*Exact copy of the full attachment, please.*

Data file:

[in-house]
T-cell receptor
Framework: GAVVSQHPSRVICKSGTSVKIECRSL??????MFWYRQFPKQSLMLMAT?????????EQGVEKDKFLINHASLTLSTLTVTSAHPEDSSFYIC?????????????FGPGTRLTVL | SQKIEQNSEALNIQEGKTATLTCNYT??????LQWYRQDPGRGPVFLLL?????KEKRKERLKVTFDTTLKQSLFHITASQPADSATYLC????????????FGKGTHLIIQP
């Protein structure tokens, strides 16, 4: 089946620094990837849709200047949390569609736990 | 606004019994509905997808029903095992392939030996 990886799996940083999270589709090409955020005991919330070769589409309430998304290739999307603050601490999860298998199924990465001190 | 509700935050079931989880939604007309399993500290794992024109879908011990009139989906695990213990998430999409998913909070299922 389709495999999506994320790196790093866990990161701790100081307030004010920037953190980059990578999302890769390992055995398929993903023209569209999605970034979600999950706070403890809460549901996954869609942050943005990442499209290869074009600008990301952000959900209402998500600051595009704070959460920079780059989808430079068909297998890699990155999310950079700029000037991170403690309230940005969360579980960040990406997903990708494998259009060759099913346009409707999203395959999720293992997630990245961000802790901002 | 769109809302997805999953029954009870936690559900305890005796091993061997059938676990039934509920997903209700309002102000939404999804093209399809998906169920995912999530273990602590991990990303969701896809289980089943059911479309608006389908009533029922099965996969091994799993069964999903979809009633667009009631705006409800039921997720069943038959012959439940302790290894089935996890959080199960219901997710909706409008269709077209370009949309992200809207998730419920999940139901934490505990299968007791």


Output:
[in-house]
T-cell receptor
Framework: GAVVSQHPSRVICKSGTSVKIECRSL??????MFWYRQFPKQSLMLMAT?????????EQGVEKDKFLINHASLTLSTLTVTSAHPEDSSFYIC?????????????FGPGTRLTVL | SQKIEQNSEALNIQEGKTATLTCNYT??????LQWYRQDPGRGPVFLLL?????KEKRKERLKVTFDTTLKQSLFHITASQPADSATYLC????????????FGKGTHLIIQP
């Protein structure tokens, strides 16, 4: 089946620094990837849709200047949390569609736990 | 606004019994509905997808029903095992392939030996 990886799996940083999270589709090409955020005991919330070769589409309430998304290739999307603050601490999860298998199924990465001190 | 509700935050079931989880939604007309399993500290794992024109879908011990009139989906695990213990998430999409998913909070299922 389709495999999506994320790196790093866990990161701790100081307030004010920037953190980059990578999302890769390992055995398929993903023209569209999605970034979600999950706070403890809460549901996954869609942050943005990442499209290869074009600008990301952000959900209402998500600051595009704070959460920079780059989808430079068909297998890699990155999310950079700029000037991170403690309230940005969360579980960040990406997903990708494998259009060759099913346009409707999203395959999720293992997630990245961000802790901002 | 769109809302997805999953029954009870936690559900305890005796091993061997059938676990039934509920997903209700309002102000939404999804093209399809998906169920995912999530273990602590991990990303969701896809289980089943059911479309608006389908009533029922099965996969091994799993069964999903979809009633667009009631705006409800039921997720069943038959012959439940302790290894089935996890959080199960219901997710909706409008269709077209370009949309992200809207998730419920999940139901934490505990299968007791």